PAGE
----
Trigger warnings, which give advance notice to students that what they are about to be exposed to might contain offensive or politically incorrect material, have become part of the academic landscape in recent years. But there is a terrible problem with trigger warnings that is only now being appreciated.
“We must have trigger warnings about trigger warnings if we hope to foster a nurturing environment where people can feel safe.”
Campus activists point out that trigger warnings often contain inflammatory language like ‘you’re going to hear, read, or see something unpleasant and possibly offensive’, which they say presents a huge threat to impressionable young minds.
“It’s not right to subject students to the potential trauma of hearing a trigger warning without giving them an opportunity to decide if they want to participate in it or not.”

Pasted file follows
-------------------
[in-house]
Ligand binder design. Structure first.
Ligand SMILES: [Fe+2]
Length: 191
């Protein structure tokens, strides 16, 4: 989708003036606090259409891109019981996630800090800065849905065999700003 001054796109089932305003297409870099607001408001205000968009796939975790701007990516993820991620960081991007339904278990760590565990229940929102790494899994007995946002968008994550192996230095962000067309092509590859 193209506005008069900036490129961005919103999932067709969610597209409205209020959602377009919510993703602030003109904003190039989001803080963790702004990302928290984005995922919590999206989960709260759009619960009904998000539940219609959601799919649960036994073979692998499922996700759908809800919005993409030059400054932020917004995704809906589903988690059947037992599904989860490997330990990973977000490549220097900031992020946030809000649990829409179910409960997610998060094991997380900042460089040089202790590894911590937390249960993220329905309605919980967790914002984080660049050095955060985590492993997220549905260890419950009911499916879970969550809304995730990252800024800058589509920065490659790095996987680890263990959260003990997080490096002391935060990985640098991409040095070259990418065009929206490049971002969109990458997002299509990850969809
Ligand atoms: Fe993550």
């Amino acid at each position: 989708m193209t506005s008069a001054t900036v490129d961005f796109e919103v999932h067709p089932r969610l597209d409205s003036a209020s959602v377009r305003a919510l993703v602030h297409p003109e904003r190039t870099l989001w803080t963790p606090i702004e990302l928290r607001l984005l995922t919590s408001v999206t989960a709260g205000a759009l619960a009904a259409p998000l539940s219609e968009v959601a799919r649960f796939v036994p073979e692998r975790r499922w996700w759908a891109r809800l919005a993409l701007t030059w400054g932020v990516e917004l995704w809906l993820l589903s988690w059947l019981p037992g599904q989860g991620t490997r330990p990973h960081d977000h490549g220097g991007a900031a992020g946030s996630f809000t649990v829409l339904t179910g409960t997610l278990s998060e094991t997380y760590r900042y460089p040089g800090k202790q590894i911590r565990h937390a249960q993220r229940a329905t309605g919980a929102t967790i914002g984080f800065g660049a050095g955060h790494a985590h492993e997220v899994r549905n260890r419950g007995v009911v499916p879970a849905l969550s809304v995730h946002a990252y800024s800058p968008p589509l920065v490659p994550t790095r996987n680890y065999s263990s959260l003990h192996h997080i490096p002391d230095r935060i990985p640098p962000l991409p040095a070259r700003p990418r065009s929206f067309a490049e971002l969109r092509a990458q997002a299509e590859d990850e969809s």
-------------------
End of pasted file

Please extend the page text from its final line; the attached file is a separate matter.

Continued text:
Some trigger warnings may even make explicit reference to the micro-aggressions being warned against, making them little better than the subject matter that gave rise to them in the first place.
“Clearly being told you might be exposed to something outside of your comfort zone can itself place you outside your comfort zone, and therefore has no place in our institutions of higher education without adequate protections.”
Even discussions about the need for trigger warnings about trigger warnings are considered problematic, as the word ‘trigger’ is evocative of violence, so any instance of its use should always be preceded by a trigger warning.